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Real-time River Stages from the USGS,
The United States Geological Survey

POTOMAC RIVER BASIN (Paw Paw to Harpers Ferry)
POTOMAC RIVER BASIN (downstream of Harpers Ferry)

Some USGS Stream Gauges nearby could go away if something is not done.

Did you know it costs $12,500 per year to operate a USGS streamgage in Maryland, Delaware, and Washington, D.C? In recent years, the local funding contribution for the Little Falls streamgage has come through the Washington Metropolitan Council of Governments from its member organizations, including local water utilities, but is not available this year.

Although this streamgage is scheduled to be discontinued in a few months because of a lack of funding, the USGS is continuing to seek potential partners at the Federal, State, and local government levels to obtain adequate funding to continue operation. In many cases, the USGS can contribute some funds through the USGS Cooperative Water Program to match contributions from State and local agencies. However, at this time they have not obtained partner funding adequate to cover costs at this streamgage, and are alerting users of the information that the streamgage will be discontinued if additional funding is not found.

Most streamgages in the United States are funded by a partnership between the USGS and other public agencies, as they have been almost since the USGS streamgaging program began in 1889. Although this funding partnership helps the streamgaging program stay relevant to local needs for streamflow information, it has been shown to add instability to the network, especially for critical long-record streamgages. In response to this instability, and other issues facing the streamgaging network, the USGS developed the National Streamflow Information Program (NSIP). One of the five goals of NSIP is to provide stability to a backbone network of streamgages designed to provide streamflow information to meet national needs. Under a fully funded NSIP, the Potomac River at Little Falls near Washington, D.C., would receive full funding as part of NSIP for the purposes of streamflow and flood prediction. However, NSIP is a new program started in 2003 and is currently only funded at about 15 percent of the funding required for full implementation. Current funding of NSIP is inadequate to cover the costs of this streamgage.

Several individual data users have requested information on the funding shortfall at the Little Falls streamgage, and have asked about ways to contribute funds to its continued operation. While offers of direct support are appreciated, it is necessary to develop sources of funding through public agencies. Long term, the most effective way to keep this streamgage, and other critical USGS streamgages, in operation is to contact State and local water-resource agencies and Federal representatives and ask them to support the USGS streamgaging program. In the near term, USGS Cooperative Water Program funds are available to match contributions from State and Local agencies.

Communicating your support and needs to appropriate decision makers is the most effective action that you could take to ensure long-term availability of streamflow information from Little Falls and other USGS streamgaging stations.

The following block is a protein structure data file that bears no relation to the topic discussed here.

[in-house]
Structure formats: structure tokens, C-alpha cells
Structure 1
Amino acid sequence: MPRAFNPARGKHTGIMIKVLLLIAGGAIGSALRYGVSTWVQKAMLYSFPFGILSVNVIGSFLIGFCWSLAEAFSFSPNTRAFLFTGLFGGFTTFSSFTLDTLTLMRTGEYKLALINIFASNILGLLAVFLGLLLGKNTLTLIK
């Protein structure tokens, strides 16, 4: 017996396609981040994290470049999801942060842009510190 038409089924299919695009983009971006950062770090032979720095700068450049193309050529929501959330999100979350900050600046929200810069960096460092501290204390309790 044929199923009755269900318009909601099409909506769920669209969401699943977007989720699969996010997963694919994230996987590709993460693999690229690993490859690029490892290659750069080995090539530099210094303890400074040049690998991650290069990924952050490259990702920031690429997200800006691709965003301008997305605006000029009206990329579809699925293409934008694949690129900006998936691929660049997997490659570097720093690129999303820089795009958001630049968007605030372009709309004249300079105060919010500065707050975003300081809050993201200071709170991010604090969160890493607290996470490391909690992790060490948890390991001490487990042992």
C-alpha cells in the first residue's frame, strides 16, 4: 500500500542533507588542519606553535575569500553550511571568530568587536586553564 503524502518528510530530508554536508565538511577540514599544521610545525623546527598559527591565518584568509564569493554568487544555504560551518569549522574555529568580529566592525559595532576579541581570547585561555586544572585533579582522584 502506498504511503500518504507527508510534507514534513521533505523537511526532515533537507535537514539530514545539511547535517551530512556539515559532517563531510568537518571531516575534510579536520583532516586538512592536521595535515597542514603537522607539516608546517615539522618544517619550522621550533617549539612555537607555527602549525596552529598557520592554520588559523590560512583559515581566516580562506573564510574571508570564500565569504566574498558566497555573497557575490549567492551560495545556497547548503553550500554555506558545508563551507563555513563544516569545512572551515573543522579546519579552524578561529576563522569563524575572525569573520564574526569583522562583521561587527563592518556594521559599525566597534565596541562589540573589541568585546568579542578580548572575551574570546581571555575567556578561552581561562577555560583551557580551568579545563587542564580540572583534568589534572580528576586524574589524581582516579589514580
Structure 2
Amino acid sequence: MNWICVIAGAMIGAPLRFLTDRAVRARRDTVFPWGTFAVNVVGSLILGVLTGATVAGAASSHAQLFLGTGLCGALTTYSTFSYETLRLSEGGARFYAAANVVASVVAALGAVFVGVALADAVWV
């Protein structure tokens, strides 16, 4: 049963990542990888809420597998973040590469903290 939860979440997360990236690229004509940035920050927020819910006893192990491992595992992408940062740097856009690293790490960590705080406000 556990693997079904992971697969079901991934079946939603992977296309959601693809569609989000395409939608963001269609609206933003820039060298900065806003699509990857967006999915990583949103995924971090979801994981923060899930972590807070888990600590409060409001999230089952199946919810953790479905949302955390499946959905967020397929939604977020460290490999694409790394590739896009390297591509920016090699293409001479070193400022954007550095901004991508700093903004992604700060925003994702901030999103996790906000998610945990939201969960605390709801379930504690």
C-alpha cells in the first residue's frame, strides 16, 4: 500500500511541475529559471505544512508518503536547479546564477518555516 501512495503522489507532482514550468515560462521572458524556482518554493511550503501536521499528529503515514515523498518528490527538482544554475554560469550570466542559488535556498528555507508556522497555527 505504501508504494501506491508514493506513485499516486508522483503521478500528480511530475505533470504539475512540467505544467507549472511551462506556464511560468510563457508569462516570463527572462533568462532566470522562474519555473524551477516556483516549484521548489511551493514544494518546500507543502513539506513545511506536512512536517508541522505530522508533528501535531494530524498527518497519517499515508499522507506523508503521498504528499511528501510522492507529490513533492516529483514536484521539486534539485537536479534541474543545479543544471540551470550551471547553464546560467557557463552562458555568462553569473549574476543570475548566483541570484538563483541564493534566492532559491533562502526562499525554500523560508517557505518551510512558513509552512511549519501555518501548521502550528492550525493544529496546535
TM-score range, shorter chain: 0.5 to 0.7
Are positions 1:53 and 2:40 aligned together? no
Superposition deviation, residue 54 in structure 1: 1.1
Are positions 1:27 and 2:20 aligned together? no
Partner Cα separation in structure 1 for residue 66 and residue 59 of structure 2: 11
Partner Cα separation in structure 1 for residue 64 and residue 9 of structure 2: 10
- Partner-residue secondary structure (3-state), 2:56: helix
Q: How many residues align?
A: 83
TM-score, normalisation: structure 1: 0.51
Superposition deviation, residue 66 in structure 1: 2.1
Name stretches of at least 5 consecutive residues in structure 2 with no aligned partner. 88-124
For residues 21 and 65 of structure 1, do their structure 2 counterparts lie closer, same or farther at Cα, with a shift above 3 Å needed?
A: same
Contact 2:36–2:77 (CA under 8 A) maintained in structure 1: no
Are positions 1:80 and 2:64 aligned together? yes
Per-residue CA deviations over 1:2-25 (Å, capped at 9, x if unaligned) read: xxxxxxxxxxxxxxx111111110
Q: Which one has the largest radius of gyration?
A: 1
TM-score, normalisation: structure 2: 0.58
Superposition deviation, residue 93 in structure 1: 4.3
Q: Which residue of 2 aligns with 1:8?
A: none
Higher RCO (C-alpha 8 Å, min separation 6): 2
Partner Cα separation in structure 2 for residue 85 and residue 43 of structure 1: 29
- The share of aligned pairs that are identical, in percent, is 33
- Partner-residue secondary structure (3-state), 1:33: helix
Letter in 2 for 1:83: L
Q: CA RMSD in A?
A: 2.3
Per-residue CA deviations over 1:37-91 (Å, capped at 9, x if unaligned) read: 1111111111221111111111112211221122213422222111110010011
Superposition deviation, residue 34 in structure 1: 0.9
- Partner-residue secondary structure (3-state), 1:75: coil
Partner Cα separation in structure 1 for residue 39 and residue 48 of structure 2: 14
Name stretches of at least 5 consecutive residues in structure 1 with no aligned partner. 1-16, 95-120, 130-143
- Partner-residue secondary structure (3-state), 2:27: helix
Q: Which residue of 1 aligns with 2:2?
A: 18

The streamgage at Little Falls is used by many people and by many organizations for many different purposes, so it is difficult to say who should be responsible for contributing funds to its operation. Anyone in the public or private sector with interests in water in the Potomac River would be an appropriate contact. In recent years, about one-half of the funding has come through the Washington Metropolitan Council of Governments, with a matching contribution from the USGS. A State or local funding partner is required to be able to use any of the matching funds from the USGS Cooperative Water Program. However, WashCOG receives its funding from its member organizations, including local governments and the water utilities, and did not have sufficient water-resource funds available this year. The regional water utilities--Washington Aqueduct, Washington Suburban Sanitary Commission, and Fairfax County Water Authority--are the principal users of water in the Potomac River and are logical funding partners, but did not contribute funding to support the Little Falls streamgage.

In the long term, the best scenario for stable operation of the Little Falls and other streamgages is full implementation of the USGS National Streamflow Information Program (NSIP). NSIP would fully fund operation of streamgages of National interest, including the Little Falls streamgage, and would also free up state and local contributions to be used at other streamgages. NSIP is a program funded through Congressional appropriation, and is currently at only about 15 percent of the funding required for full implementation. If you are interested in supporting NSIP, you are encouraged to contact your Federal representatives. If you would like more information on NSIP, you can contact the Coordinator, Mike Norris, at

"Long-term median flow" defined as the median of the daily-mean flows on this date for the period of record (in cubic feet per second)

Stage (gage height) in feet Streamflow in cubic feet per second Water temperature in degrees Celsius
Maryland, Delaware, D.C., and West Virginia stations use Eastern Standard Time year round; add 1 hour for Eastern Daylight Time.
(R) Regulated by reservoir and/or affected by diversions
-- Parameter unavailable
*** Data temporarily unavailable
Eqp Shutdown due to equipment malfunction

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